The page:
RICHMOND, Va. -- Virginia's attorney general on Friday said he will not appeal a ruling that struck down a state law allowing police to arrest and jail people designated as "habitual drunkards."
Mark Herring said called the law "strange and regressive" and said Virginia's General Assembly should have taken it off the books a long time ago.
"Virginia can find better ways to address alcohol use disorders," Herring said in a statement.
In a sharply divided 8-7 ruling last month, the 4th U.S. Circuit Court of Appeals found that the law is unconstitutionally vague. The court reversed earlier rulings that dismissed a lawsuit challenging the law.
The Legal Aid Justice Center argued in its lawsuit that the law targets homeless alcoholics and violates the 8th Amendment prohibition against cruel and unusual punishment.
"We applaud Mark Herring's decision to embrace the court's decision on this statute and we look forward to working with him on solutions on homelessness and alcohol addiction issues," said Elaine Poon, managing attorney of the center's Charlottesville office.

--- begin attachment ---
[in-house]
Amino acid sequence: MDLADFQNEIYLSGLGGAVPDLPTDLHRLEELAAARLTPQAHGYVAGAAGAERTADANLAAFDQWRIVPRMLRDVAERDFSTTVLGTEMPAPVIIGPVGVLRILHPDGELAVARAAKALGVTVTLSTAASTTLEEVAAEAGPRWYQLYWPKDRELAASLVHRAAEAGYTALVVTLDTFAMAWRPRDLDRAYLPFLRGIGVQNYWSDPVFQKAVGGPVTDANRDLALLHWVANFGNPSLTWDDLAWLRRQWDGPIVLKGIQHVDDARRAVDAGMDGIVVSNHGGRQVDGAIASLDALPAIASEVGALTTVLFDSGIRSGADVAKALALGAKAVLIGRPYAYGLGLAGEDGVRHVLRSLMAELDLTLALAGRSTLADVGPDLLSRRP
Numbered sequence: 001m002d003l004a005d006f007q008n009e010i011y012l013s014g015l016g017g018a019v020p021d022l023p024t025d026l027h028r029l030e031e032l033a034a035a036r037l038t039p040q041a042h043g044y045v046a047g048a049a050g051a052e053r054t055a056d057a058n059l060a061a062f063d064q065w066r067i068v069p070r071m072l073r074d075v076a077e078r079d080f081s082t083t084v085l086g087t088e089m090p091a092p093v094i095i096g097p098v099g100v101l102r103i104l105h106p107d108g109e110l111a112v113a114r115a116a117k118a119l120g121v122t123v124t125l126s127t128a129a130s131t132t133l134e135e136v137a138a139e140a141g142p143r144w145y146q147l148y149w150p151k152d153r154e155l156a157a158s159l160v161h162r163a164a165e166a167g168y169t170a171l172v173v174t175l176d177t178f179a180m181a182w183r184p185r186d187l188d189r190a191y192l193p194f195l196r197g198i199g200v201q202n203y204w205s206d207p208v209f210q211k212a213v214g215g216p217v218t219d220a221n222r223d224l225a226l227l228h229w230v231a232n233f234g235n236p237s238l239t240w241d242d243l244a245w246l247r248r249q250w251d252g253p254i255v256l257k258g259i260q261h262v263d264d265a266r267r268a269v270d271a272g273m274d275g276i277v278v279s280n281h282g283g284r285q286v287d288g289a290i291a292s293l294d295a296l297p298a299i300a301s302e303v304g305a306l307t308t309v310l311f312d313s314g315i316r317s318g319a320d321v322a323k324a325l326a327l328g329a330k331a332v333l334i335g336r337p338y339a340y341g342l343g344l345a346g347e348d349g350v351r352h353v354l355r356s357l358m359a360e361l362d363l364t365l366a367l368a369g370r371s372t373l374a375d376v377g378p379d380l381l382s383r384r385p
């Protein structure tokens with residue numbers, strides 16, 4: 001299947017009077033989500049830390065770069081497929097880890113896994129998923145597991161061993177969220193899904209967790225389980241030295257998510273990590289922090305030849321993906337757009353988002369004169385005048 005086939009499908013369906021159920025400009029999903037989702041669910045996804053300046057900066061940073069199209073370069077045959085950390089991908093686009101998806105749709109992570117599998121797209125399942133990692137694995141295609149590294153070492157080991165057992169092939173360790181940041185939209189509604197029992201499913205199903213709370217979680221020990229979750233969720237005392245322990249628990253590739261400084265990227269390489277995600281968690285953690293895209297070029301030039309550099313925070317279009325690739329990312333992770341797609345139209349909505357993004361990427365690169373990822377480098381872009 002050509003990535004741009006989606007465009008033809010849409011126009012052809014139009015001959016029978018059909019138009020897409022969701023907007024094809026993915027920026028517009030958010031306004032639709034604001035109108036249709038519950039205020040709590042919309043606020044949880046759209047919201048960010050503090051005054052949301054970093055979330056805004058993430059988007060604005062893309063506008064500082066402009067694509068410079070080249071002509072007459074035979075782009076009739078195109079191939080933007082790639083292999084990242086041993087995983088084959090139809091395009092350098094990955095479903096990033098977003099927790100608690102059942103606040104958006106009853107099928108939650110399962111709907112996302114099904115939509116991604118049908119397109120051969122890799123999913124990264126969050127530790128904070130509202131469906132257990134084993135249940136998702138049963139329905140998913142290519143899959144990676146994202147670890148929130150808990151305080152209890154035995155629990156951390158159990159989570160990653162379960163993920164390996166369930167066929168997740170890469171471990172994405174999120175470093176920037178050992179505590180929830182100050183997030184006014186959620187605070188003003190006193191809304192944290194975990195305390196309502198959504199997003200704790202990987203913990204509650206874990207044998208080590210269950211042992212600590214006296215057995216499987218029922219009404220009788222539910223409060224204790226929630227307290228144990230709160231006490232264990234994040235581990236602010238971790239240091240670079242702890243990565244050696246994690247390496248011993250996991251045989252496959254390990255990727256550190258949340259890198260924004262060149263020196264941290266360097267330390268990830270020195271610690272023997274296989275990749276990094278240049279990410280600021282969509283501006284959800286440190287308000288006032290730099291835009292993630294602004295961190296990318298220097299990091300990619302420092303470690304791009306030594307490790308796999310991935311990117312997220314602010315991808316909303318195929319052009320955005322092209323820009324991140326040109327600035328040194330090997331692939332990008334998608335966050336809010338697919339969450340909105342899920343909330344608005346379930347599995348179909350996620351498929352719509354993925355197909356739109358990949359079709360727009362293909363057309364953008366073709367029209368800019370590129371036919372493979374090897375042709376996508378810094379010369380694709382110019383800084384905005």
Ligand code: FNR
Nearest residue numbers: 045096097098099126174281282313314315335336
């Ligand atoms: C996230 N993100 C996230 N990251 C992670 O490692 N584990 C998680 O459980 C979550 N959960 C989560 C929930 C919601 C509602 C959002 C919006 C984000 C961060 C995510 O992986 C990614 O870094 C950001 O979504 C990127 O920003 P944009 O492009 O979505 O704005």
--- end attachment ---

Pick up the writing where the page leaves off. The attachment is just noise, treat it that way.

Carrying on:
The law allowed prosecutors to ask a civil judge to declare someone a "habitual drunkard." Police could then arrest that person for being publicly intoxicated, possessing alcohol or even smelling of alcohol. Violators could be held in jail for up to a year.
Lawyers who brought the lawsuit on behalf of people who had been prosecuted under the law argued that it criminalized addiction by targeting people who are compelled to drink because they are alcoholics and are forced to drink in public because they are homeless.